The nation’s oldest police force has a new chief.
Col. Anthony S. “Steve” Pike has been named chief of Virginia’s Capitol Police, a department that began in Jamestown in 1618 and these days protects people visiting and working in the state capitol.
Pike, 46, who has been serving as interim chief since July, will oversee a department with about 100 sworn and support personnel. He succeeds Col. Kimberly S. Lettner, who retired that month after more than four years in the post.
Pike joined the Capitol Police as assistant chief in December after beating out 96 other candidates in a nationwide search. A native of Wythe County, he began his law enforcement career in 1988 with the Virginia Department of Game and Inland Fisheries, where he was named Officer of the Year in 1999. Pike also served four years in the Army.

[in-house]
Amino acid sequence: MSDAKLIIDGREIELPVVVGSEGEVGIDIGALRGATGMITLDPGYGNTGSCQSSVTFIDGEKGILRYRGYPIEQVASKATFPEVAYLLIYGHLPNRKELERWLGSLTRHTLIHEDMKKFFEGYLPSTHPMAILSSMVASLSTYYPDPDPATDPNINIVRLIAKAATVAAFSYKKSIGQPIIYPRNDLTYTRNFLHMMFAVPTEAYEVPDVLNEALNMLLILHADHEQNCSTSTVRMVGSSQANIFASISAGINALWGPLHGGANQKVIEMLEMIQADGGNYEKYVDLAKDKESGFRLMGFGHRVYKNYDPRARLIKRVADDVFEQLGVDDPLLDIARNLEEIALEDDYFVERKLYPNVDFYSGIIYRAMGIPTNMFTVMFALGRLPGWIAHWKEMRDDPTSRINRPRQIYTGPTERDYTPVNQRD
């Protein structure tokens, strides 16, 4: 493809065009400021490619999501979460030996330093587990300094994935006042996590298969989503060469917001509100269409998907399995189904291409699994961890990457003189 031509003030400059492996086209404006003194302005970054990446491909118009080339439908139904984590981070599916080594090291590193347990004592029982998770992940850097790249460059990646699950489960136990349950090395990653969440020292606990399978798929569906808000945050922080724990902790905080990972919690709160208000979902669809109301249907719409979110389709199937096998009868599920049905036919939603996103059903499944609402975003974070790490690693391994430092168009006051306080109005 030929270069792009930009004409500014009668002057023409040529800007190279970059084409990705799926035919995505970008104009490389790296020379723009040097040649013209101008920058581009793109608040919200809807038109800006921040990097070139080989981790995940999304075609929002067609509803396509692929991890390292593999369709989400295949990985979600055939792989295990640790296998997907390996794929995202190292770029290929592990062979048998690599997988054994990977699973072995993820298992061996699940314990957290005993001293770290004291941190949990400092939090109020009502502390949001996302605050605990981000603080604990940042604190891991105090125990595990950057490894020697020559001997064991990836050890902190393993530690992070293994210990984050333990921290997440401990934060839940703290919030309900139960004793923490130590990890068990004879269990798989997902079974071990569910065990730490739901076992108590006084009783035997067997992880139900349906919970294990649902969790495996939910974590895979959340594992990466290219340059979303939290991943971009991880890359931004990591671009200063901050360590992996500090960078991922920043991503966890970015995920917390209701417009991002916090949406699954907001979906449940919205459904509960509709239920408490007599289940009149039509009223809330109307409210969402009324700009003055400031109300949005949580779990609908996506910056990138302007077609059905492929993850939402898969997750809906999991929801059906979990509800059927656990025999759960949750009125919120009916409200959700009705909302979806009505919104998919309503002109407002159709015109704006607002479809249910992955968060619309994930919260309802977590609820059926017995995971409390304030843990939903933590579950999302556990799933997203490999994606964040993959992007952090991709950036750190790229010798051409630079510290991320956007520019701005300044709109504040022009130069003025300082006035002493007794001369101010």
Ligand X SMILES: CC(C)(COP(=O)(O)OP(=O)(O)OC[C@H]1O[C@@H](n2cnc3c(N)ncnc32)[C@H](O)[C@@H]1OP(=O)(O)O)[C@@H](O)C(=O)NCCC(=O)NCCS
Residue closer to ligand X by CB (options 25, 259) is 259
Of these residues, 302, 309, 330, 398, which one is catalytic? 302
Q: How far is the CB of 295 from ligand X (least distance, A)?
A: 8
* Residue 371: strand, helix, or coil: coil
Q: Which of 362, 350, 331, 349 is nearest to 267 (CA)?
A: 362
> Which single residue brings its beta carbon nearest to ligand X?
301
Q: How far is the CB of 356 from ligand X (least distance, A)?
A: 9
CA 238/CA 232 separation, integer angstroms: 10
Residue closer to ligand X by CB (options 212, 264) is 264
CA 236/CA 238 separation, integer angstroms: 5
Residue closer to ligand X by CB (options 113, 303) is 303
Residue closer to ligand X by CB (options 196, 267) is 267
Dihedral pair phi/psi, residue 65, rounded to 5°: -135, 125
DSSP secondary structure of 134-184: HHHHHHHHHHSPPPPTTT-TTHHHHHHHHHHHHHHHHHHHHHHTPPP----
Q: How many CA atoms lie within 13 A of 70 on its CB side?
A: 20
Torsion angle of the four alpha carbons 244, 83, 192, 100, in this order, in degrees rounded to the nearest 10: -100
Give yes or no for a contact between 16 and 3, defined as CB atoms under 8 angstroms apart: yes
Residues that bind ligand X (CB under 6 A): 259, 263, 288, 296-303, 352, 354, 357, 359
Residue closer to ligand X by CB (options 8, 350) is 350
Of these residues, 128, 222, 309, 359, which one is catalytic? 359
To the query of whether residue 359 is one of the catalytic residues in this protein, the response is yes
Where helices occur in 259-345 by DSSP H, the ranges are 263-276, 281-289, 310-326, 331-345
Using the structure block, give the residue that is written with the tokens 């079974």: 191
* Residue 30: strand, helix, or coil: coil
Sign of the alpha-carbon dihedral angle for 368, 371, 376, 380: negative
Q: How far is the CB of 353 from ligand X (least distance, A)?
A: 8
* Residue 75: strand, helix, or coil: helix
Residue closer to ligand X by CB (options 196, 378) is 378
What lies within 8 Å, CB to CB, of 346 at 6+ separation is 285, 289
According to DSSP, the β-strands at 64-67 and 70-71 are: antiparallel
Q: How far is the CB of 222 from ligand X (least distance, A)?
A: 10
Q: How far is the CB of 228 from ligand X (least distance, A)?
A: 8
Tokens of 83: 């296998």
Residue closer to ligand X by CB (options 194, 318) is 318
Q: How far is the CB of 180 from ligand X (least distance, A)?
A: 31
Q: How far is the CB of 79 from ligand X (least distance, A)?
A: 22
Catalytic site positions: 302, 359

“The Capitol Police plays an important role in ensuring the safety of those working in and visitors to the General Assembly,” said Sen. Mary Margaret Whipple (D-Arlington), a member of the state commission that selected him. “Colonel Pike has impressed me as a knowledgeable, well-organized leader.”
The Capitol Police department is a legislative branch agency that reports to the Legislative Support Commission. The seven-member commission, chaired by House Speaker William J. Howell (R-Stafford), selected Pike unanimously.
“Like all members of the Legislative Support Commission, I am impressed by Steve Pike’s effective leadership, cooperative style of managing and his pragmatic approach to problem solving,” Howell said in a statement issued Tuesday to announce Pike’s selection. “The fact that he was chosen so recently from such an exceptionally strong candidate pool, coupled with positive feedback from those working for and with Colonel Pike, made the decision an obvious one. He is thorough, always prepared and believes in not just doing a job but doing it right and without lots of fanfare.”